Ph.D. Psychologist and Therapist

Psychologist and Therapist, Individual and Couples Therapy,  Bellevue, WA

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The Effectiveness of Therapy: Research Shows Very Beneficial Effects

One of the most important questions you may be asking as you consider going to a therapist is simply this: Does therapy work? It's a complicated question, because all different kinds of people go to different kinds of therapists with different kinds of problems. The simple answer is, yes, therapy usually works. Now let me tell you about some of the best research available that backs up that claim.

In 1994 Consumer Reports magazine teamed up with some researchers to study whether therapy helps people. In their annual survey of all their readers, in which they ask about car repair histories, and satisfaction with appliances, they also asked about therapy. They asked people a number of questions, including what kind of therapists they went to, how long they went, how bad they were feeling when they started, and how much they felt it helped them.

This was the biggest study of its kind ever done, and it is particularly relevant because it is done from the consumer's point of view: Are people being helped? Are they getting what they pay for? Are they satisfied with the results? The findings came out strongly in favor of the effectiveness of therapy. About 50% of the people, including may of the ones who felt quite bad when they started therapy, felt that therapy helped them a great deal. Another 40% said that therapy had helped them somewhat.

Here are some of the other main findings: (The study was written up in the November 1995 issue of Consumer Reports, and in the December 1995 issue of American Psychologist. If something below is in quotes, it means I'm quoting directly from one of those articles.)

Since this study is the largest and most comprehensive of its kind, I'll spend some time explaining why the findings are important. One of the main reasons this study is so important is because it looks at how people use therapy in the "real world." Most research on therapy is done in very controlled, somewhat artificial conditions, using small numbers of people who get predetermined, short-term treatments. For example, a study might look at whether 12 sessions of a certain kind of cognitive therapy is helpful for panic disorder. Laboratory findings like this are important, because they demonstrate that under controlled conditions, therapy can work. But in the real world, therapy isn't so controlled. Knowing that "laboratory therapy" can work doesn't really tell you how well "real world" therapy works. The real world question is, do people get help when they come to all kinds of therapists with all kinds of problems. It is very encouraging that Consumer Reports came back with such a positive answer to that question.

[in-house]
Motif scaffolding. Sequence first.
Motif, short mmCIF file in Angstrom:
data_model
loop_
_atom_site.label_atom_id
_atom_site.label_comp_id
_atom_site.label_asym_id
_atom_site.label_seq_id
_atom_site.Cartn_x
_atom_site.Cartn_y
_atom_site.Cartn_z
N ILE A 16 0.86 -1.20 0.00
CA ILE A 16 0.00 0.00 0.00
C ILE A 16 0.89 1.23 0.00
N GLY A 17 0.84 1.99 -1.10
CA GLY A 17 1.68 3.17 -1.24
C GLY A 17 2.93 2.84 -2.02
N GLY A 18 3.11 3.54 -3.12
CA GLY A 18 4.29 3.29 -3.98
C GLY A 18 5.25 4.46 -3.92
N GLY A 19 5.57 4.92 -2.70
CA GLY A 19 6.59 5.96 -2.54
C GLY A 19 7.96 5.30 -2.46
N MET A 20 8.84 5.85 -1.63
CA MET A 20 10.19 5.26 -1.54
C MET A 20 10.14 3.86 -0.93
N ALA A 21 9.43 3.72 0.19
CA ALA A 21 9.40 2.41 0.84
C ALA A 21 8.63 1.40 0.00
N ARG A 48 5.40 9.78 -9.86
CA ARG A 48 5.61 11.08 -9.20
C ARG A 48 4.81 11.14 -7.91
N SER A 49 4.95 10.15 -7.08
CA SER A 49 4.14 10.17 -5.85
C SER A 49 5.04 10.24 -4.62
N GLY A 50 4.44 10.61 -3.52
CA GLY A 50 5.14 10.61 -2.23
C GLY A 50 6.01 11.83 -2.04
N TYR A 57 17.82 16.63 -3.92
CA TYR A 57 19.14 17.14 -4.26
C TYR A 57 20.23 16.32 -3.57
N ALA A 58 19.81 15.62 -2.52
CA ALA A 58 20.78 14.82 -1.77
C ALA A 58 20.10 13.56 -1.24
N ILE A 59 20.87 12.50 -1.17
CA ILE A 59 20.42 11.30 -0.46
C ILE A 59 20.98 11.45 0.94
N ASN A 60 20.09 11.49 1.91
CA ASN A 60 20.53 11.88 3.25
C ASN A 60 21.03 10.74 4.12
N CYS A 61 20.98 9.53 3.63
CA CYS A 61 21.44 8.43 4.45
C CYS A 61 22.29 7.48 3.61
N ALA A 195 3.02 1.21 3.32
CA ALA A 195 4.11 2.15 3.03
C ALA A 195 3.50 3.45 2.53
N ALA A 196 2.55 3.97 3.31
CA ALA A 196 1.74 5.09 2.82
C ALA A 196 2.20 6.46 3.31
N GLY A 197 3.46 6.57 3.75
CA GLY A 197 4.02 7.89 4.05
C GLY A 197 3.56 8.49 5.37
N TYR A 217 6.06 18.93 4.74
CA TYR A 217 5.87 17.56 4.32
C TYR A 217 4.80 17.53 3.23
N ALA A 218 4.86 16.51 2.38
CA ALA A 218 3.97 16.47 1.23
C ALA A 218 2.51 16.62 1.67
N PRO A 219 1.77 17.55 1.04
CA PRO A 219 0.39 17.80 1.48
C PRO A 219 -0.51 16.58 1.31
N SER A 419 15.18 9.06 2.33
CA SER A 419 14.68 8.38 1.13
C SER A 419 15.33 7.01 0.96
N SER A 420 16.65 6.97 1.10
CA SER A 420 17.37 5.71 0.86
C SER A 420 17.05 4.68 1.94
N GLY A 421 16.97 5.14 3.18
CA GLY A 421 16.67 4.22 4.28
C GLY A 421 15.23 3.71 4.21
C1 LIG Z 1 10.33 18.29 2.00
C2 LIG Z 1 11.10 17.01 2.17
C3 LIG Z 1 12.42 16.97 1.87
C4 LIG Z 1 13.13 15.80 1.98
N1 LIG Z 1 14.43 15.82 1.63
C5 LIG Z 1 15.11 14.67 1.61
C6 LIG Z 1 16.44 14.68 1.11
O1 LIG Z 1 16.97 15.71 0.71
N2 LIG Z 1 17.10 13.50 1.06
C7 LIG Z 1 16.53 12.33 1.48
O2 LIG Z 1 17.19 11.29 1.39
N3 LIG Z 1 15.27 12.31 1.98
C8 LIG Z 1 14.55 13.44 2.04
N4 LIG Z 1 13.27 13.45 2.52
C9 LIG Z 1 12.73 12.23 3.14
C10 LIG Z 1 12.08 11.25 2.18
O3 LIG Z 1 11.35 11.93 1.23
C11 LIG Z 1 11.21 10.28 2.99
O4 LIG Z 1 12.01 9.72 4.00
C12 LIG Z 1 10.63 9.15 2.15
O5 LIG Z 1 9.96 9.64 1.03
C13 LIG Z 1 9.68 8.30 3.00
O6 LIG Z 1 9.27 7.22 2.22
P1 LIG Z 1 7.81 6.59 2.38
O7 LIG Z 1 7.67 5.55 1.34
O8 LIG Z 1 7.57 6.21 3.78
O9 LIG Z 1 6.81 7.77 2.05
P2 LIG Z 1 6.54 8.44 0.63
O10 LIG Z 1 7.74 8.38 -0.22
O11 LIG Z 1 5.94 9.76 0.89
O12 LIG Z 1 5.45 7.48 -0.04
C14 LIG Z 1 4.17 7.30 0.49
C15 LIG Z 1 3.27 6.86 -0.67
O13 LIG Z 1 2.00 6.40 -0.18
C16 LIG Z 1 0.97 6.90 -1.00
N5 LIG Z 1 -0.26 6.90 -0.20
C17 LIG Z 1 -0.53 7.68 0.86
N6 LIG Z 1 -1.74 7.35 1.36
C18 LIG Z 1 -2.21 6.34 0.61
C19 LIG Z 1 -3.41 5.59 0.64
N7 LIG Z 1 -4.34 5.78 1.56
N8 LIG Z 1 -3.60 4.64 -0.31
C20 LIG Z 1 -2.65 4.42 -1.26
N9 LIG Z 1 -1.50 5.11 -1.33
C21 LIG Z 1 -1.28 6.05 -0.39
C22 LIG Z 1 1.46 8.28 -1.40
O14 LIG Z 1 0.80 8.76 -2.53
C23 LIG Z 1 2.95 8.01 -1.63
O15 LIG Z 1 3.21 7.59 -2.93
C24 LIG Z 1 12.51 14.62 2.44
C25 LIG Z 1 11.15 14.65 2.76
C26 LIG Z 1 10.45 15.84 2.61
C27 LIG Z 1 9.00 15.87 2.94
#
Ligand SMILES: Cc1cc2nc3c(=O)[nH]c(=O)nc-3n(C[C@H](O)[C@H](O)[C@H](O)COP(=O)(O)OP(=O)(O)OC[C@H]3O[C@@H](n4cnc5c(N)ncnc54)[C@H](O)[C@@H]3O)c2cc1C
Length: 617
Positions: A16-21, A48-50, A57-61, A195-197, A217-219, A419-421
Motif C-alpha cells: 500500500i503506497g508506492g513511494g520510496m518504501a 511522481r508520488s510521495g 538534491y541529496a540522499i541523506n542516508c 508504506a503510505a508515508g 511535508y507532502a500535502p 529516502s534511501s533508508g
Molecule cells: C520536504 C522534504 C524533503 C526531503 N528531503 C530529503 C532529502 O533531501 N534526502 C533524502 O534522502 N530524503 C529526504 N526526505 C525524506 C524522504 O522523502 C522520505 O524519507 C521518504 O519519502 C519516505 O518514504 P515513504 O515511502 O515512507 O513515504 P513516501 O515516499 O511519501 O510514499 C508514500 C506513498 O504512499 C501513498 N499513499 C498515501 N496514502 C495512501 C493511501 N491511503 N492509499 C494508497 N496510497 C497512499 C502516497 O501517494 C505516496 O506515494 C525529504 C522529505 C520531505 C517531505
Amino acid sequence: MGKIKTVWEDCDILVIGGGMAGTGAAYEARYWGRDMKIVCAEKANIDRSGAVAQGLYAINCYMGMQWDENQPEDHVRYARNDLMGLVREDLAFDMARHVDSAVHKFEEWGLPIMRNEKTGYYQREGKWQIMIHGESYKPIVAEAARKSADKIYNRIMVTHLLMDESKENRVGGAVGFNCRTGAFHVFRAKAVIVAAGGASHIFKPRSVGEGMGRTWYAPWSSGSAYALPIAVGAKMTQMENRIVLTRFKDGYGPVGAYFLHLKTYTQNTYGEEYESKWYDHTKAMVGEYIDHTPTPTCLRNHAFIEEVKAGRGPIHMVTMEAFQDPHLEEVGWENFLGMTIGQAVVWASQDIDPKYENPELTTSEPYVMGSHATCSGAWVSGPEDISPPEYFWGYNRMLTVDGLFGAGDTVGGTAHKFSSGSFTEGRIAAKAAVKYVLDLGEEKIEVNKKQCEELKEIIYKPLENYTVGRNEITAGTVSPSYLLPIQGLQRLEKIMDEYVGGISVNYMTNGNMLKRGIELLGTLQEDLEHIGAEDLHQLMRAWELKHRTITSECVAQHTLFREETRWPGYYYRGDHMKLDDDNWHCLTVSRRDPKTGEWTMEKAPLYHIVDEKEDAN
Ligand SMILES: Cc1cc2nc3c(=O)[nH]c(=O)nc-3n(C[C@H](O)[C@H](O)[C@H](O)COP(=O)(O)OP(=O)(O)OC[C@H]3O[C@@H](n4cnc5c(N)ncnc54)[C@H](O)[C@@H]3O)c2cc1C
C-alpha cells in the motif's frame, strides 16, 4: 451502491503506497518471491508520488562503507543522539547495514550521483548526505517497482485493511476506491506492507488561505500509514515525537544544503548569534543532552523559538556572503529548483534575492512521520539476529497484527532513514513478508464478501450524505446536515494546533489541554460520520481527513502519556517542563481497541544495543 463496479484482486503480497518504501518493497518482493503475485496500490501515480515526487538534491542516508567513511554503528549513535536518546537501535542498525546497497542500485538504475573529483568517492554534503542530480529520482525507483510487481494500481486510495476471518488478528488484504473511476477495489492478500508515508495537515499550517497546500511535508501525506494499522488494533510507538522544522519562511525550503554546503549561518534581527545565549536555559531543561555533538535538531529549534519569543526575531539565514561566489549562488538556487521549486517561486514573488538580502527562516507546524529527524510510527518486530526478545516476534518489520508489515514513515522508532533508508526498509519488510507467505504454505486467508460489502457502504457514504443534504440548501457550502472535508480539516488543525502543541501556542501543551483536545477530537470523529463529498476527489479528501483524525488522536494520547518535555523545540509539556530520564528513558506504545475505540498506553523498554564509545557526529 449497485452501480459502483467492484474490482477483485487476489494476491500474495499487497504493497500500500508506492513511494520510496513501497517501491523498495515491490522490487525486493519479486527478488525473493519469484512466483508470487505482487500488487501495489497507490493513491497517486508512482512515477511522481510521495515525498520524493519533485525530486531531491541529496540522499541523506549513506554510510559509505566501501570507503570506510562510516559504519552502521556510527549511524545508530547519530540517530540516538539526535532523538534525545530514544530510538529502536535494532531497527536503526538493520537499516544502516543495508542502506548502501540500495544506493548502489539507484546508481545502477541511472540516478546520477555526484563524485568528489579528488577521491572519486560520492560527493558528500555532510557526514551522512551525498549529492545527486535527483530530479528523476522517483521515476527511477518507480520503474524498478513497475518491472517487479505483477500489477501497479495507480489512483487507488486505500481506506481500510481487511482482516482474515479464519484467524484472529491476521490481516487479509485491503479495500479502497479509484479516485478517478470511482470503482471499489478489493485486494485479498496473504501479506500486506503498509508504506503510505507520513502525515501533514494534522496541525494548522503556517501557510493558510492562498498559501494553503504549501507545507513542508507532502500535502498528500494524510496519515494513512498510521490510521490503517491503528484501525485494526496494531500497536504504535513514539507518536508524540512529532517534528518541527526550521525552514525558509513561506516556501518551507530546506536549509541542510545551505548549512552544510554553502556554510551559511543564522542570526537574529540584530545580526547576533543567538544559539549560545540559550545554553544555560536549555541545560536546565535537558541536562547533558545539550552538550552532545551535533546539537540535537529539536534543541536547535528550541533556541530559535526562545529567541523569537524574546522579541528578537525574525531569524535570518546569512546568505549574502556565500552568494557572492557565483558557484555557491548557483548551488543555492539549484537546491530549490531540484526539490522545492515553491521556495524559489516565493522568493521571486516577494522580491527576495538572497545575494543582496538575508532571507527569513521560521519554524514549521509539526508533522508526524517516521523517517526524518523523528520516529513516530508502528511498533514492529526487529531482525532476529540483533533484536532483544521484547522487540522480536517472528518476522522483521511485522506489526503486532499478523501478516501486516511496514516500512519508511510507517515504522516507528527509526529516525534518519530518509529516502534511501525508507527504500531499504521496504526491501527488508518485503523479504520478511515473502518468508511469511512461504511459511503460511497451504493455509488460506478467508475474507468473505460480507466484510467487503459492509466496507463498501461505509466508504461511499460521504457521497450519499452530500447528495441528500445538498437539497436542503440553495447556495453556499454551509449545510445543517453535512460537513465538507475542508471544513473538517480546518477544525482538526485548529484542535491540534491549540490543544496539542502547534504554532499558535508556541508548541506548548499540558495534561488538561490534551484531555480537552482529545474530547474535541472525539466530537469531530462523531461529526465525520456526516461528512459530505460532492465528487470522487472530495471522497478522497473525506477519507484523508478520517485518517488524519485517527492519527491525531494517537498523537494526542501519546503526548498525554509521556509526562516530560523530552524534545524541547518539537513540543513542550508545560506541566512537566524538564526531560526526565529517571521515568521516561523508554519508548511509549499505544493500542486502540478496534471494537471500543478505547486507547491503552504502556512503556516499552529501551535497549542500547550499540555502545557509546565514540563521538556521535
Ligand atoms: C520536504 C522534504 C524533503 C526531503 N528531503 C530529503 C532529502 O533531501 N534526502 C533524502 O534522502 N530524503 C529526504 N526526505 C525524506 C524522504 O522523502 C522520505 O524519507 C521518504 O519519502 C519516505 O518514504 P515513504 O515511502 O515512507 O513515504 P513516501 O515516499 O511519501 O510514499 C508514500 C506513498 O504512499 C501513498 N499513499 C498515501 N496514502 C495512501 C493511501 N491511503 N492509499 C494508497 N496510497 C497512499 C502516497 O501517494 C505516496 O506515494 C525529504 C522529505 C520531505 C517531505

The study is also important because it helps settle an old debate about the effectiveness of different types of therapy. The two primary approaches to therapy that are used in the United States are Cognitive/Behavioral and Psychodynamic. In addition to this there are "Humanistic" approaches to therapy, and there are Family Systems approaches, which are most relevant to work with couples and families. There are a number of variations on each of these approaches, and there are some other less common approaches.

Cognitive and Behavioral therapy have always been more closely tied to academic research settings than Psychodynamic, Humanistic, or Family Systems approaches. In addition, cognitive therapy is easier to standardize, and easier to research. Because of that, there have been many "laboratory" studies showing that cognitive therapy works, especially for certain things like depression. Psychodynamic therapy, which tends to focus on understanding things that are unique about each individual, is harder to standardize, and doesn't lend itself as well to laboratory research. As a result, for many years, if one counted up the laboratory studies supporting each approach to therapy, cognitive therapy has had the longer list.

The Consumer Reports study found that in real world circumstances, in a large sample, looking at all kinds of problems, psychodynamic therapy performed just as well as cognitive behavioral therapy. In fact, based on the ratings of the therapy consumers, no single type of therapy helped them more than the other types. A number of other smaller research studies over the last few decades have come to the same conclusion.

What that means for the typical person seeking therapy is this: The choice of which approach to use should probably be based on which approach seems like the best match for a particular person, and for the kind of issues that person is wanting to work on. There is another finding worth mentioning, that has come out of a number of studies over the years: Therapy is more effective when the therapist and client are well-matched with each other, have a good rapport, and form a positive working relationship. In other words, your best bet is to find a therapist who seems like a good match for you.

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